3. WASH: Another key focus of the Humanitarian Response Plan for Libya is WASH. The plan hopes to focus its attention on newly displaced persons. Thus, the goals of the WASH sector aim to improve WASH facilities in detention centers, respond to urgent needs and technical support. In doing so, the plan hopes to ensure children have access to safe WASH facilities. It also advocates for the repair of the Man-Made River Project. Moreover, this sector will collaborate with the education sector.
  4. Education: The education sector plans to target 71,000 individuals. Children in high conflict areas are being mentally affected by trauma and distress. These can further affect school attendance and performance. The HRP wants to improve formal education by means of teacher training and provide more supplies for educators. As such, this sector will also prioritize mental health in grades 1-12.
  5. Shelter/NFIs: Shelter and NFI sector focuses on the population displacement as well as damages to infrastructure and homes caused by the uprisings. This sector seeks to secure safe housing for those who are displaced. This sector targets about 195,000 individuals to receive shelter aid.

Overall, the Humanitarian Response Plan for Libya is making strides. As of June 2019, WHO has provided trauma kits and emergency medical supplies to 35 healthcare facilities. This is an increase from the first provision in March. Similarly, medicines for chronic and infectious diseases have been given as well as insulin. In terms of mental health, in January, WHO trained 22 participants in mental health through primary health facilities. The sector also provided training for maternal and reproductive health as well. With this momentum, in time, WHO will continue to meet the goals and targets of the 2019 Humanitarian Response Plan for Libya.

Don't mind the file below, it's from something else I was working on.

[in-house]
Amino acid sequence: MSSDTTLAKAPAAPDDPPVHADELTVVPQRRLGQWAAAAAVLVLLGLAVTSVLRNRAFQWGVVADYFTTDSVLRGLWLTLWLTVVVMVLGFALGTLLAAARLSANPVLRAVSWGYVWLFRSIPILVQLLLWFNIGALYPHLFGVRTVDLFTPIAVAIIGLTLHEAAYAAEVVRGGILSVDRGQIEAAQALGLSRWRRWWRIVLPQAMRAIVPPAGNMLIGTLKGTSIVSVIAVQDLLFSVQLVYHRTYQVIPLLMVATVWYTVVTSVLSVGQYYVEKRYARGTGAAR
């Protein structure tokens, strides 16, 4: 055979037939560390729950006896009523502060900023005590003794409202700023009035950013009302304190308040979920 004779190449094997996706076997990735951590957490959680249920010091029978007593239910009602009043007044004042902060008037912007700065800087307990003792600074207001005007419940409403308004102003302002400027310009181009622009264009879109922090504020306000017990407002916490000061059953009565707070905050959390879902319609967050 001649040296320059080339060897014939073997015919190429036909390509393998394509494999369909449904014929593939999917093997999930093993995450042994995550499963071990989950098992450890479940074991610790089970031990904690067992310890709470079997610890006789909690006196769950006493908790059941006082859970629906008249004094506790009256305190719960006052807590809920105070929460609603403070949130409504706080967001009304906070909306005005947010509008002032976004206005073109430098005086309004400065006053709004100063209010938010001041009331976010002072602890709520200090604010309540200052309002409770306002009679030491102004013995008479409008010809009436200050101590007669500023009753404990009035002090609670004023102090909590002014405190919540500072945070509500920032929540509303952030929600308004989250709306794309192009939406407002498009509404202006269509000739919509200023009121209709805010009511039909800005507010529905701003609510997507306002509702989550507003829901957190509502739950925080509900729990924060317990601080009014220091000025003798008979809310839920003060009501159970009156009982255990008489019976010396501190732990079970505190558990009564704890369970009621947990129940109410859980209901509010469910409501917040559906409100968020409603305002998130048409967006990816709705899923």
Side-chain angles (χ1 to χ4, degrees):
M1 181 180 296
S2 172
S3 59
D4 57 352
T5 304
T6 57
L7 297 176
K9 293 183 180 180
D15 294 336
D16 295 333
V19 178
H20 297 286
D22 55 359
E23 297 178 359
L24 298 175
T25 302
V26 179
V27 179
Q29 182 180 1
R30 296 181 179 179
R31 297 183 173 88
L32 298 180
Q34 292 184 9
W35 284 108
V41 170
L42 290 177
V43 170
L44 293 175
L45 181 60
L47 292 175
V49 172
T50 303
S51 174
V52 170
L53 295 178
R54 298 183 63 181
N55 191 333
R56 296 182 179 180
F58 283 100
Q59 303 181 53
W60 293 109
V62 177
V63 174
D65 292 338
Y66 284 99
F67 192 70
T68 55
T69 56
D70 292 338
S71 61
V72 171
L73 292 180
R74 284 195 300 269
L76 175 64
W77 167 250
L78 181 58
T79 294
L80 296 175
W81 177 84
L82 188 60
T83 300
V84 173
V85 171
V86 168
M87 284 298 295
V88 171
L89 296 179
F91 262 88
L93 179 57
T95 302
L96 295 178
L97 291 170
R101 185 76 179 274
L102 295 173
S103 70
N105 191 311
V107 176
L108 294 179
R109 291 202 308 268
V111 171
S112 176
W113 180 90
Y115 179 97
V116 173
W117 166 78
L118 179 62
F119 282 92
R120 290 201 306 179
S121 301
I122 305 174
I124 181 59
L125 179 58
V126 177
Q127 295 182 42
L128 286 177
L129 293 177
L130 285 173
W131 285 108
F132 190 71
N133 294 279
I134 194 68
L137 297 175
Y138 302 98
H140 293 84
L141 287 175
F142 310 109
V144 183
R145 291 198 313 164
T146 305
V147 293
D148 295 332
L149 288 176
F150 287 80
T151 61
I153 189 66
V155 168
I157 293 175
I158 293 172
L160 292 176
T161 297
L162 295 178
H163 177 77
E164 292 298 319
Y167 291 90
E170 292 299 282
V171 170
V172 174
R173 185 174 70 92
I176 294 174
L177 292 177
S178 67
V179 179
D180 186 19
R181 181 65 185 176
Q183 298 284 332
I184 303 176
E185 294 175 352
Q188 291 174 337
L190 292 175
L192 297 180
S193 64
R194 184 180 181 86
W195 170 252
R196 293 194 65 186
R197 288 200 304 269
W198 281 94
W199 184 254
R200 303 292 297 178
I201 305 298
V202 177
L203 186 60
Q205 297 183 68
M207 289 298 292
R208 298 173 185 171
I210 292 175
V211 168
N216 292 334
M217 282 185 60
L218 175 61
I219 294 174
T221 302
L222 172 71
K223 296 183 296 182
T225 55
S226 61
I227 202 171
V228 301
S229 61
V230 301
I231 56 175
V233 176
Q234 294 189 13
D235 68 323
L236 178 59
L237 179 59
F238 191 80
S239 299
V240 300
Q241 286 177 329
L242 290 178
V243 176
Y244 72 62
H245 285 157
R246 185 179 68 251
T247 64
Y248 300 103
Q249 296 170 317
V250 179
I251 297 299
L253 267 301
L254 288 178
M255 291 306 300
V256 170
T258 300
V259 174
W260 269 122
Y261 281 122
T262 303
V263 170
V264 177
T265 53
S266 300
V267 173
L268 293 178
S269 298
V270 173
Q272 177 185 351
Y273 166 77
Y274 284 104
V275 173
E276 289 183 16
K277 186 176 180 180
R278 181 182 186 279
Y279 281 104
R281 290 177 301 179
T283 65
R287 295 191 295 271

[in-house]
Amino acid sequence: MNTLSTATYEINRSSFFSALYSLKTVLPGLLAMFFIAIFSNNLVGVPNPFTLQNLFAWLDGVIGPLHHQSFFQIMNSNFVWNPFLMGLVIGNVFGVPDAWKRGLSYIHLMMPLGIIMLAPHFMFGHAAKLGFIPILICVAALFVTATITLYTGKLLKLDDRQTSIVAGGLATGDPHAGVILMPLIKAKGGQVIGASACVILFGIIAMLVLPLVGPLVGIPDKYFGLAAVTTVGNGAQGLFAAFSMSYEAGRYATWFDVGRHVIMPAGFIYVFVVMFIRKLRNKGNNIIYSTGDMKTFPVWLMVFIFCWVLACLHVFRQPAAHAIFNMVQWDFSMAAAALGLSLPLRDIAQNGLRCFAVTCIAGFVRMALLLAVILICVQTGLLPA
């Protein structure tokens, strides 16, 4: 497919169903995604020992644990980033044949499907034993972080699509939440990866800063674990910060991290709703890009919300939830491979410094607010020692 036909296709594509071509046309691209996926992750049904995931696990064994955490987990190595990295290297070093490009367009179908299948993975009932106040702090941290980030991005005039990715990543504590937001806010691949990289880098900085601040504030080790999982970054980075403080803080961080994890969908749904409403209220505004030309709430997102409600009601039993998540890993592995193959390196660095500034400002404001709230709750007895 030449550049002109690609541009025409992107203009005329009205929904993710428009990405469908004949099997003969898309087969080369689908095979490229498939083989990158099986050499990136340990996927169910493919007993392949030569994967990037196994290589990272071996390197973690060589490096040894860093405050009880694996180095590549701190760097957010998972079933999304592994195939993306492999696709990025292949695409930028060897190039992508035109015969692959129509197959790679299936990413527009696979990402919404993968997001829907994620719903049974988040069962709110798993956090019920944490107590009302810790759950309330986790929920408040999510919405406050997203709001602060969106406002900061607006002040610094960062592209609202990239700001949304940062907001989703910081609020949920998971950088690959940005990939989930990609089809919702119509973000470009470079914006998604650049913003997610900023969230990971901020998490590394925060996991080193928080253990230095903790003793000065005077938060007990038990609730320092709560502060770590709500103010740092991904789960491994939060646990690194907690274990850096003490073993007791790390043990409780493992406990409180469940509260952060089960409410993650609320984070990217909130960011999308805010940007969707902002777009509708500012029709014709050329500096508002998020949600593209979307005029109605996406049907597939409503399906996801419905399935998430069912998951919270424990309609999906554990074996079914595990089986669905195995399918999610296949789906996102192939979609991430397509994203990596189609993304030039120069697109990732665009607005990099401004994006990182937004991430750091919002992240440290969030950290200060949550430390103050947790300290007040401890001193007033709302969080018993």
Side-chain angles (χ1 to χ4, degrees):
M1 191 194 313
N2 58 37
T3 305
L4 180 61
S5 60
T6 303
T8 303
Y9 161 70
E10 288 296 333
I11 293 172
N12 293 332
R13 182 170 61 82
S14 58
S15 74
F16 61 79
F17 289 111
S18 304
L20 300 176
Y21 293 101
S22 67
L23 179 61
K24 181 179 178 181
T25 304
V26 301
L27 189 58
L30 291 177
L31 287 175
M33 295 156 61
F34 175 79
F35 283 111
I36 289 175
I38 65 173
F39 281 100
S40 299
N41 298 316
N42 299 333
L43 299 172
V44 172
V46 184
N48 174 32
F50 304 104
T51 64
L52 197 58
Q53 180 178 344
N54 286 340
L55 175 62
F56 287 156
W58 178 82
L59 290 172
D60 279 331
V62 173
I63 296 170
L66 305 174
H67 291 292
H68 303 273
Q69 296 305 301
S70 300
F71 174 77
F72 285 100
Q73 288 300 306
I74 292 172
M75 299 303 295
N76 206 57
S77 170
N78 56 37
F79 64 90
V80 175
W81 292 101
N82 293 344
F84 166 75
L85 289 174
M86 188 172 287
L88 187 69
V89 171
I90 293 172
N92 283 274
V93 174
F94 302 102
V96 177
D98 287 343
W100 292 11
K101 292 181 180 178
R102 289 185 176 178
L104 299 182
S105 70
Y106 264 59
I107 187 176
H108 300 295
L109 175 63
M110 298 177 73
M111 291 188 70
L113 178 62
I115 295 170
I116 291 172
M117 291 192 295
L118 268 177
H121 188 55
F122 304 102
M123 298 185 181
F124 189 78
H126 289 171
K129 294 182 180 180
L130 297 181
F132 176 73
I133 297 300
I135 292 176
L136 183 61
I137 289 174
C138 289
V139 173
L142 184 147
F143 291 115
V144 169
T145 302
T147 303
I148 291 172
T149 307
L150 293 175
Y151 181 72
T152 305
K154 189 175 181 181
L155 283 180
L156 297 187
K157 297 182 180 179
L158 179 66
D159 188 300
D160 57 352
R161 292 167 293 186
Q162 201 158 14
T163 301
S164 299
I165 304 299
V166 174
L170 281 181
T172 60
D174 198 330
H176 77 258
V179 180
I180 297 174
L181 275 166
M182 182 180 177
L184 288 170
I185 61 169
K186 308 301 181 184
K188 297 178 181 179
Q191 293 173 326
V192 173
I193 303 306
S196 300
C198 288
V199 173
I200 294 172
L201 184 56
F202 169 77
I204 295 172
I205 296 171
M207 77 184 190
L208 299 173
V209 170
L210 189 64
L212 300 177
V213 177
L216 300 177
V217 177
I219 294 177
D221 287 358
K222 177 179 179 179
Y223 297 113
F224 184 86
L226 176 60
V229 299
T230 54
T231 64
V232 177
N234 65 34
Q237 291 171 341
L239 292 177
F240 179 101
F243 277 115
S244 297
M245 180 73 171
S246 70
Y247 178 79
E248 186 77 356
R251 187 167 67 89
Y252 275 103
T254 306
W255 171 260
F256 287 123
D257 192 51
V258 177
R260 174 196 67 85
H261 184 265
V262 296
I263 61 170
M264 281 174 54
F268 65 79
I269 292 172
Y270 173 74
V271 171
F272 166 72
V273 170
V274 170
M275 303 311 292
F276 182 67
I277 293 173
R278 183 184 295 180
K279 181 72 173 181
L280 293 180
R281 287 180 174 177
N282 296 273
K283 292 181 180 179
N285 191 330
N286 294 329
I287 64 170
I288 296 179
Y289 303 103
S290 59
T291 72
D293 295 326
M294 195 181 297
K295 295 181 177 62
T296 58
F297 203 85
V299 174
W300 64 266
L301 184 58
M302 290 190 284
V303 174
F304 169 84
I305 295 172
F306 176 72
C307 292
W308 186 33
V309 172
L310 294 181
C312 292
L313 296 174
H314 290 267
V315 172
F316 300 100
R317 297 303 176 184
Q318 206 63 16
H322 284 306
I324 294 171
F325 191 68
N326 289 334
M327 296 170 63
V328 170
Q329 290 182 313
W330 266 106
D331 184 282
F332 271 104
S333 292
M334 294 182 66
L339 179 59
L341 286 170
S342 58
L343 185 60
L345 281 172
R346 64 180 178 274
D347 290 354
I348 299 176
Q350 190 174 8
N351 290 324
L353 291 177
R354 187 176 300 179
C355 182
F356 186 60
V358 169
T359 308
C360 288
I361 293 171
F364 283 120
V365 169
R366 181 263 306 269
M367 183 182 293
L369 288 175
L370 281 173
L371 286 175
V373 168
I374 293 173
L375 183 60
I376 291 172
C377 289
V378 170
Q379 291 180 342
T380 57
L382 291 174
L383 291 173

Logan Derbes
Photo: Flickr

Desperate citizens of Libya, especially in the country’s capital Tripoli, are using Libyan social media in a unique way. The people of Libya send helpful information that might say something like, “red light,” to signal an area where militia is fighting or perhaps even taking people for ransom.

The country has been hit with turmoil and danger, as they are three years into their civil war, and is fraught with economic collapse and militia violence. The country is mostly ungoverned, and without safety or regulations being taken, human trafficking and poor treatment of migrants is becoming common.